Katie Lyall is excited about the newest piece she’s created with Charlotte Stockdale for their accessories label Chaos, if only she could find it. “Mine’s actually been stolen by Kendall Jenner, but Charlotte still managed to keep hers,” Lyall says over the phone from a balmy London summer evening. They’re talking about a gold-plated charm in the shape of a just-opened bottle cap that dangles elegantly from a zip chain that could be attached to keys or a phone. “It has saved our lives more times than it’s probably sensible to share,” says Lyall. “It’s to open up sparkling water,” intercedes Stockdale. You can practically hear the wink down the phone.
It’s this brand of irreverence that has marked their shared styling career, shared because, upon meeting in 1999, while Stockdale worked at British Vogue, they stuck side by side, working at Garage magazine and becoming Chaos Fashion, a creative consultancy. “I don’t know any styling duos,” considers Lyall. “It’s designer duos or photography duos, but no-one’s really decided to do it. There were some people who were a bit confused by it, but it didn’t really matter.”
That could be because their visual signature is so identifiable: pops of colour, mixed textures and fabrics with clever styling tweaks that seep into a subconscious then metamorphose suddenly into a need-it-now desire that has graced the pages of Vogue, i-D and their own magazine, Chaos 69. “You have a cotton shirt, and then you have a fashion skirt. It will be nice with a matt nylon trainer or matt crocodile boots,” Stockdale explains before surmising, “something shiny goes with something matt.”
Their Chaos label, coming to Australia for the first time when they land at David Jones this month, is a distillation of their visual handwriting. Phone cases in crayon brights were their starting point. “We were working a lot, and we didn’t want to put our phones down when we were doing fittings, styling clothes, whatever, and we would lose them,” recounts Stockdale. “We ended up tying ribbon to our Blackberrys at the time, and hanging them around our neck.” An early prototype was a zipper. “It was cheap and hokey, but kind of fun.” Requests from family and friends followed, which gave them the confidence to launch with a functional desirable product.
Design – jumbo cherries, letters and eight-balls in lush chenille embroidery that Lyall describes “delicious” – is balanced with functionality, hence the hand straps on the back of ‘hug’ cases, the supple deerskin perfected to wrap the corners and protect the phone. “They want to be able to hang their phone around their neck,” says Stockdale of customers. “They want to be able to find it in their bag, because they can see the zip, or catch their phone when they drop it.”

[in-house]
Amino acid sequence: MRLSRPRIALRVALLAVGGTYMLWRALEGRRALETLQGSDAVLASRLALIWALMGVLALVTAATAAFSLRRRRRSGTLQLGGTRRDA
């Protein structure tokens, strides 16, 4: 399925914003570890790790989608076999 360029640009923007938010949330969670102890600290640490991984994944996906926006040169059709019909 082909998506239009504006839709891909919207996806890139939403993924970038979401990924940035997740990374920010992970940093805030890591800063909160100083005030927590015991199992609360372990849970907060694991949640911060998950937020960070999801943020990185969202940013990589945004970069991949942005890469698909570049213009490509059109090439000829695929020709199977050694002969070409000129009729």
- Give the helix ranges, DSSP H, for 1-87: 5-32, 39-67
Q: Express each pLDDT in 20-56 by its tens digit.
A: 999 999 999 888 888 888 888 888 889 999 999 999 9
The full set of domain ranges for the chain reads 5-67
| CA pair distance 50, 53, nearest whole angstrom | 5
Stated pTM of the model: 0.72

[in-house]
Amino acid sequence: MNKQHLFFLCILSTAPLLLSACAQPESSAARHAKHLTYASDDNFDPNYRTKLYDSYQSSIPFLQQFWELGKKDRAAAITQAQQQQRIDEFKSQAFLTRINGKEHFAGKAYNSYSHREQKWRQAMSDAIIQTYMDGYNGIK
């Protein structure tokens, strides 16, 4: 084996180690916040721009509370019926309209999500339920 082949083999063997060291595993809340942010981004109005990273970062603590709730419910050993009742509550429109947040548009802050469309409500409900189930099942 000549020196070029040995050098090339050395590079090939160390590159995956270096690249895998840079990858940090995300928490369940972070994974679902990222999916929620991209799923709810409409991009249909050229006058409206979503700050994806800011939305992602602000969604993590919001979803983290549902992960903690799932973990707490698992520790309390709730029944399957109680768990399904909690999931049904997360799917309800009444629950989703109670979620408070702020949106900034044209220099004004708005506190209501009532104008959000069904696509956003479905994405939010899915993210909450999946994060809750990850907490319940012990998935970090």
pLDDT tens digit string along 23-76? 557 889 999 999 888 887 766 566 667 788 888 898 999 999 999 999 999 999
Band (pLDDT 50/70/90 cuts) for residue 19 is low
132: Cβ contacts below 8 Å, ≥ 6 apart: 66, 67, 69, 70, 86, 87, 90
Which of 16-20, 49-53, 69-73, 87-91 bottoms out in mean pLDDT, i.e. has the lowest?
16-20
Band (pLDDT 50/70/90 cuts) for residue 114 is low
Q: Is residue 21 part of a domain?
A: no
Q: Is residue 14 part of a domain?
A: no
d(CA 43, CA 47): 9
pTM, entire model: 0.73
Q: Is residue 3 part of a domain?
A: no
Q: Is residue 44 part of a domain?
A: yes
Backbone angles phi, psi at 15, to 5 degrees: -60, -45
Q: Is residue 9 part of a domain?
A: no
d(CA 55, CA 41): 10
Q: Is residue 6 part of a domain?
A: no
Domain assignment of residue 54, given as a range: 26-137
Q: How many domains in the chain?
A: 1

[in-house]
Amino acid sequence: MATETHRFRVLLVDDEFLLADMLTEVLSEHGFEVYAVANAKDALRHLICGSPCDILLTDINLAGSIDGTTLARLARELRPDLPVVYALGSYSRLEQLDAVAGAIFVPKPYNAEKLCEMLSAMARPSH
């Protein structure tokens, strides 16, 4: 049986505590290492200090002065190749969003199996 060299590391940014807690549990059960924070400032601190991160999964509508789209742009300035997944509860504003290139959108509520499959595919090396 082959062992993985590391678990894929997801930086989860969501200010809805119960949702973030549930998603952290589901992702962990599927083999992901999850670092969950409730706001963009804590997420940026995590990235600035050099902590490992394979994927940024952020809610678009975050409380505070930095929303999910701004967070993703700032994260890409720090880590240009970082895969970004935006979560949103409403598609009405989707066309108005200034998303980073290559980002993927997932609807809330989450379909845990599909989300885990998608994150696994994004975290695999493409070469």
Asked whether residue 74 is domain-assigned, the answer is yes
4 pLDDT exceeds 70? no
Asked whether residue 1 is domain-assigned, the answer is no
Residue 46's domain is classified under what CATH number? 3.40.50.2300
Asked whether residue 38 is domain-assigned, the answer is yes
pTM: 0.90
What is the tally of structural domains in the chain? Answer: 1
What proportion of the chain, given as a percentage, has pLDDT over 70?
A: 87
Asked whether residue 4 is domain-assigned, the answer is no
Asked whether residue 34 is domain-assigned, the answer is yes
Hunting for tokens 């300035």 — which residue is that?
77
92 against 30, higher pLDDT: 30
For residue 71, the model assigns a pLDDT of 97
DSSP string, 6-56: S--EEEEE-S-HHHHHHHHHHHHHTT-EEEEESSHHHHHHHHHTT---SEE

Likely you’ve noticed them already on Instagram. A lucky by-product of creating personalised phone cases, the campaigns basically shoot themselves, starring the selfies of the Hadid sisters, Marc Jacobs, Victoria Beckham, Edie Campbell, Adwoa Aboah and Karl Lagerfeld. They’ve worked with Lagerfeld, a long-time collaborator and mentor, alongside Silvia Venturini Fendi, consulting for 10 years at Fendi, and both have informed their appreciation for technical knowledge and luxurious finishes – the zips are now silver- or gold-plated.
“When you work with people like Silvia and Karl, you have to really not be listening to not come away with quite a lot of knowledge,” Stockdale says. “They haven’t grown scared. They are willing to fail, which is the biggest thing; they’re fearless.”
Working as a duo has been another propellant. “In times when you’re doubting what you are doing, the other person says: ‘No, don’t worry, it’s all on the right track,’” says Stockdale. “It’s like being on an airplane and there’s turbulence and you’re scared, but if there’s someone who is more scared than you, somehow that makes you less scared.” Lyall adds: “It allows you to have more freedom and control at the same time.”
They’ve added charms, lanyards, luggage tags and the occasional piece of ready-to-wear while they focus more and more on personalisation, a trend they’re predicting will get ever stronger. “Why would you not, if you can have something, just for you?” says Lyall. Perhaps a monogram on that bottle opener then, in case another Jenner should chance upon it.
GEORGINA EGANALL PRICES APPROXIMATE DETAILS AT VOGUE.COM.AU/WTB ■